Chemistry, mineralogy, and grain properties at Namib and High dunes, Bagnold dune field, Gale crater, Mars: A synthesis of Curiosity rover observations

B. L. Ehlmann, K. S. Edgett, B. Sutter, C. N. Achilles, M. L. Litvak, M. G.A. Lapotre, R. Sullivan, A. A. Fraeman, R. E. Arvidson, D. F. Blake, N. T. Bridges, P. G. Conrad, A. Cousin, R. T. Downs, T. S.J. Gabriel, R. Gellert, V. E. Hamilton, C. Hardgrove, J. R. Johnson, S. KuhnP. R. Mahaffy, S. Maurice, M. McHenry, P. Y. Meslin, D. W. Ming, M. E. Minitti, J. M. Morookian, R. V. Morris, C. D. O'Connell-Cooper, P. C. Pinet, S. K. Rowland, S. Schröder, K. L. Siebach, N. T. Stein, L. M. Thompson, D. T. Vaniman, A. R. Vasavada, D. F. Wellington, R. C. Wiens, A. S. Yen

Research output: Contribution to journalArticle

39 Scopus citations

Abstract

The Mars Science Laboratory Curiosity rover performed coordinated measurements to examine the textures and compositions of aeolian sands in the active Bagnold dune field. The Bagnold sands are rounded to subrounded, very fine to medium sized (~45–500 μm) with ≥6 distinct grain colors. In contrast to sands examined by Curiosity in a dust-covered, inactive bedform called Rocknest and soils at other landing sites, Bagnold sands are darker, less red, better sorted, have fewer silt-sized or smaller grains, and show no evidence for cohesion. Nevertheless, Bagnold mineralogy and Rocknest mineralogy are similar with plagioclase, olivine, and pyroxenes in similar proportions comprising >90% of crystalline phases, along with a substantial amorphous component (35% ± 15%). Yet Bagnold and Rocknest bulk chemistry differ. Bagnold sands are Si enriched relative to other soils at Gale crater, and H2O, S, and Cl are lower relative to all previously measured Martian soils and most Gale crater rocks. Mg, Ni, Fe, and Mn are enriched in the coarse-sieved fraction of Bagnold sands, corroborated by visible/near-infrared spectra that suggest enrichment of olivine. Collectively, patterns in major element chemistry and volatile release data indicate two distinctive volatile reservoirs in Martian soils: (1) amorphous components in the sand-sized fraction (represented by Bagnold) that are Si-enriched, hydroxylated alteration products and/or H2O- or OH-bearing impact or volcanic glasses and (2) amorphous components in the fine fraction (<40 μm; represented by Rocknest and other bright soils) that are Fe, S, and Cl enriched with low Si and adsorbed and structural H2O.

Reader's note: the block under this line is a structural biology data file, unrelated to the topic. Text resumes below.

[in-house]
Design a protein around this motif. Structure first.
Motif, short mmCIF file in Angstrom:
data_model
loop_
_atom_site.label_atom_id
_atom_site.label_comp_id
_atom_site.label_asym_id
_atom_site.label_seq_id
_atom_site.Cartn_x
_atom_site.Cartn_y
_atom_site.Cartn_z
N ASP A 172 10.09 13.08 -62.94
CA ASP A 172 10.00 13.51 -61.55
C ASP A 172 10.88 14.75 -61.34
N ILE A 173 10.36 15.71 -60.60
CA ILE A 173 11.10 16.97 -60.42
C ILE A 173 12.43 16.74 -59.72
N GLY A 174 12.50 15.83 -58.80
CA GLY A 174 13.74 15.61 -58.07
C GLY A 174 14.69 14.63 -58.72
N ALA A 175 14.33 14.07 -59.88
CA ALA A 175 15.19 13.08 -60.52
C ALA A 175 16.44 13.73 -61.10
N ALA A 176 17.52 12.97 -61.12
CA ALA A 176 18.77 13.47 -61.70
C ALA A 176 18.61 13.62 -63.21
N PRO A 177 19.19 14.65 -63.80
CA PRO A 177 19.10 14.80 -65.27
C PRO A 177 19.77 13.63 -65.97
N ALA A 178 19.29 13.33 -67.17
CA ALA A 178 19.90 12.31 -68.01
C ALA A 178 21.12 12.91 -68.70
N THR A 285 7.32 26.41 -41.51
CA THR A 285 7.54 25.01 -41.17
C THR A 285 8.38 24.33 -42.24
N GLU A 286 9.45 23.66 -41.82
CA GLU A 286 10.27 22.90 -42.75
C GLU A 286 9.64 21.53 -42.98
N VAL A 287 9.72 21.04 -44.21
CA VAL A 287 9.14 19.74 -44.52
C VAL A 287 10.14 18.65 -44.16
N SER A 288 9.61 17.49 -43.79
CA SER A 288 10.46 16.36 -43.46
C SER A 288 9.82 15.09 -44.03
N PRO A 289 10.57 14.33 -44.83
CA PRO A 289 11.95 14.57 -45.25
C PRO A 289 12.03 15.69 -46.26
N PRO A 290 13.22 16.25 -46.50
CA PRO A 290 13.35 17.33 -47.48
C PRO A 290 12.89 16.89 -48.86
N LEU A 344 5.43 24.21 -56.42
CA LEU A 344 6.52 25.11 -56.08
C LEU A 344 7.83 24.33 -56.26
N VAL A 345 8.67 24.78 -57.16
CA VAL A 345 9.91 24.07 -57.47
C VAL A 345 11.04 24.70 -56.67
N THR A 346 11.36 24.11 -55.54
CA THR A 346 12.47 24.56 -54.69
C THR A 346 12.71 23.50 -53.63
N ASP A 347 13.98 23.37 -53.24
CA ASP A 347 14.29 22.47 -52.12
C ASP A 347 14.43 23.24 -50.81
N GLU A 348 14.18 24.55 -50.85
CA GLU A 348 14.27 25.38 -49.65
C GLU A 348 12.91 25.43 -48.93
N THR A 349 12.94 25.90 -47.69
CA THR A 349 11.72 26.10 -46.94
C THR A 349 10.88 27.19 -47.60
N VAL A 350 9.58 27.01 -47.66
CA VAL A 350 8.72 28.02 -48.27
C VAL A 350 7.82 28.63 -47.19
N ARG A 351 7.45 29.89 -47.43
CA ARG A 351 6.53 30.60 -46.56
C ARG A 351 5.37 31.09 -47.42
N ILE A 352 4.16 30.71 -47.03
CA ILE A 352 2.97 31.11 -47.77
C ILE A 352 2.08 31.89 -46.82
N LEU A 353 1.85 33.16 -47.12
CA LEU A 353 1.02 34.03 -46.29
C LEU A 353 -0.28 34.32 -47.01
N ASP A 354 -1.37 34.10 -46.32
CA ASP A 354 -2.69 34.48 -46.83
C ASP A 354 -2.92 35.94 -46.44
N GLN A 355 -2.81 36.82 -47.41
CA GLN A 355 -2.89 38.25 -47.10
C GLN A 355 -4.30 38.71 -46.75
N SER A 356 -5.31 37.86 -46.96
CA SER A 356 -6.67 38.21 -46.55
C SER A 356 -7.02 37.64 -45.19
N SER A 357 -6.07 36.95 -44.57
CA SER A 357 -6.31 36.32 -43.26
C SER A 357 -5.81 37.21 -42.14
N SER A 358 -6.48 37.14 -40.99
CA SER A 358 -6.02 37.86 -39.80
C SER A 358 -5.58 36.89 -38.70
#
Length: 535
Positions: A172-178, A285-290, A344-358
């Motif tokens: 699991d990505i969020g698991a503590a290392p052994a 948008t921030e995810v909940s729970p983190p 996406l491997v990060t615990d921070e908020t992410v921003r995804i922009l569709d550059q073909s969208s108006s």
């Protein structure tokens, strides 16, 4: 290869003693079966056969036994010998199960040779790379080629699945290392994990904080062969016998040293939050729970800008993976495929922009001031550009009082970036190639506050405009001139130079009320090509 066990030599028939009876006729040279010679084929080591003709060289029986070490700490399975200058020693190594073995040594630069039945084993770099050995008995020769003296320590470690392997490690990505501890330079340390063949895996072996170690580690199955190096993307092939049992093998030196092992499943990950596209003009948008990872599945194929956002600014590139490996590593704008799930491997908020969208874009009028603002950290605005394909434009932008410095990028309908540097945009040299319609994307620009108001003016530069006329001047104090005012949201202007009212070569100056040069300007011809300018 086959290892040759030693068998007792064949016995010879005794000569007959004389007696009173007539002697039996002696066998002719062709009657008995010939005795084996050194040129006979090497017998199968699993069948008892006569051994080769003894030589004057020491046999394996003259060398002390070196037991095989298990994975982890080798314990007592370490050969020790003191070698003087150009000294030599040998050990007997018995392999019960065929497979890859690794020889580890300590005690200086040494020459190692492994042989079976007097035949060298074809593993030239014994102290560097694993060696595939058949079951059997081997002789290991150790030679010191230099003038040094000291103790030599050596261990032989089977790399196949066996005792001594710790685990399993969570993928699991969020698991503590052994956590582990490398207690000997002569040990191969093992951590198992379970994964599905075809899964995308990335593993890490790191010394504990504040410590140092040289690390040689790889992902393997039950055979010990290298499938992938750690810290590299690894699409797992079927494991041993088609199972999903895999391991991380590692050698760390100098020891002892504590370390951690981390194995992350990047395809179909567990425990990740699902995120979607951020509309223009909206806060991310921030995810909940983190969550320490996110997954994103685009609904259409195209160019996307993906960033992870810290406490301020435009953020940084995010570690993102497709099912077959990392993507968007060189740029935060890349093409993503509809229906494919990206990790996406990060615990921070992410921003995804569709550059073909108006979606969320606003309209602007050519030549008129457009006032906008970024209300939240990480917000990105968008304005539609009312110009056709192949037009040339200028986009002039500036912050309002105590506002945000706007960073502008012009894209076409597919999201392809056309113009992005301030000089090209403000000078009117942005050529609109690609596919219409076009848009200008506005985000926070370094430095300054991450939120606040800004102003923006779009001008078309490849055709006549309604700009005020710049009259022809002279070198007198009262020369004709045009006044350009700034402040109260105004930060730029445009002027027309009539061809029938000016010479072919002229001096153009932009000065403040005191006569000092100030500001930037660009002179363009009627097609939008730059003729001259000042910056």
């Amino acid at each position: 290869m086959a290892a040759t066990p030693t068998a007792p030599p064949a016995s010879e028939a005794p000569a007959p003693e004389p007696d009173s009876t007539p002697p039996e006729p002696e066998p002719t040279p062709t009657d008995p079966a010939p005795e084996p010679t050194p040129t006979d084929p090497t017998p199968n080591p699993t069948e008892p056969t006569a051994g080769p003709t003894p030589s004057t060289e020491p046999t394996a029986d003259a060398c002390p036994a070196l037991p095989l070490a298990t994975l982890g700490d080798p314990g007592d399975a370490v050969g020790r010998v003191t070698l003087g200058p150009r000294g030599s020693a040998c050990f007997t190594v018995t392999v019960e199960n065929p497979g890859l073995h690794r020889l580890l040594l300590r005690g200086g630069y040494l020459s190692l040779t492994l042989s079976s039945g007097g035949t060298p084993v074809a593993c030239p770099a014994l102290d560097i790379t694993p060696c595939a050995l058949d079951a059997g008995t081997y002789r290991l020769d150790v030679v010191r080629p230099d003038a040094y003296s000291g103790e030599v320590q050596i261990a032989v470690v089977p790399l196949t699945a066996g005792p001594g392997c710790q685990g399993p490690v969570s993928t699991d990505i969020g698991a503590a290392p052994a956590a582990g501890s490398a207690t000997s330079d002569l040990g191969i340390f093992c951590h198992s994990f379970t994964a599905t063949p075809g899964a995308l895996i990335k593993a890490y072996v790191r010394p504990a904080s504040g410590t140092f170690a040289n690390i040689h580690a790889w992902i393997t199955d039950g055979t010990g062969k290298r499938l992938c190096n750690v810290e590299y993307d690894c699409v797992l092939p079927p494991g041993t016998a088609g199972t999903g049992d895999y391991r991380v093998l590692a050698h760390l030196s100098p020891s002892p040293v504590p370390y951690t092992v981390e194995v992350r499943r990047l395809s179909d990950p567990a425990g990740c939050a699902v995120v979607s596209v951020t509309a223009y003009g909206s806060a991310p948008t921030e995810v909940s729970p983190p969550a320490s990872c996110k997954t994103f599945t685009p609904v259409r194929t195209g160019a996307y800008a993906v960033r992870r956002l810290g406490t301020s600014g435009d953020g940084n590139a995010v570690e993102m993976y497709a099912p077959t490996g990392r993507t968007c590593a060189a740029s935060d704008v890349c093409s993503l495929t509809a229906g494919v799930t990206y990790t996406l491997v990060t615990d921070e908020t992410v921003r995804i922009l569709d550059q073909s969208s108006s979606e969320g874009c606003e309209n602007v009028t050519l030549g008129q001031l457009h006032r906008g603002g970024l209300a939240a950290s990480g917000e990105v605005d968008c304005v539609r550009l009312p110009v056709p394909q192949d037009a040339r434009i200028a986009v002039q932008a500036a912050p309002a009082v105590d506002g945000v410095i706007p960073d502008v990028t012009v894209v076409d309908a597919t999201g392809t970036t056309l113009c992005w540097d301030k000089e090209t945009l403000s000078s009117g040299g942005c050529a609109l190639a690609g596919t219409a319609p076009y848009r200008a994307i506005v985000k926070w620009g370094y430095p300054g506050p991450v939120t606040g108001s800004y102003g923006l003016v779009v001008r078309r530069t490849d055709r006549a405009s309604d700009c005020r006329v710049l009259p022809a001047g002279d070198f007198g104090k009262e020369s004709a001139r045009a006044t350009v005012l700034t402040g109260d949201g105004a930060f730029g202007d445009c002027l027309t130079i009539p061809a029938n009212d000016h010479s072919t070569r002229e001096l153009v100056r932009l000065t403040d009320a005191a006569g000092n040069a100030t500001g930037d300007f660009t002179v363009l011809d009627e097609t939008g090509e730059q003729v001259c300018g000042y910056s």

Original languageEnglish (US)
Pages (from-to)2510-2543
Number of pages34
JournalJournal of Geophysical Research: Planets
Volume122
Issue number12
DOIs
StatePublished - Dec 2017

Keywords

  • Mars soils
  • amorphous phase
  • dust
  • grain size
  • sand dunes
  • volatiles

ASJC Scopus subject areas

  • Geophysics
  • Forestry
  • Oceanography
  • Aquatic Science
  • Ecology
  • Water Science and Technology
  • Soil Science
  • Geochemistry and Petrology
  • Earth-Surface Processes
  • Atmospheric Science
  • Earth and Planetary Sciences (miscellaneous)
  • Space and Planetary Science
  • Palaeontology

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    Ehlmann, B. L., Edgett, K. S., Sutter, B., Achilles, C. N., Litvak, M. L., Lapotre, M. G. A., Sullivan, R., Fraeman, A. A., Arvidson, R. E., Blake, D. F., Bridges, N. T., Conrad, P. G., Cousin, A., Downs, R. T., Gabriel, T. S. J., Gellert, R., Hamilton, V. E., Hardgrove, C., Johnson, J. R., ... Yen, A. S. (2017). Chemistry, mineralogy, and grain properties at Namib and High dunes, Bagnold dune field, Gale crater, Mars: A synthesis of Curiosity rover observations. Journal of Geophysical Research: Planets, 122(12), 2510-2543. https://doi.org/10.1002/2017JE005267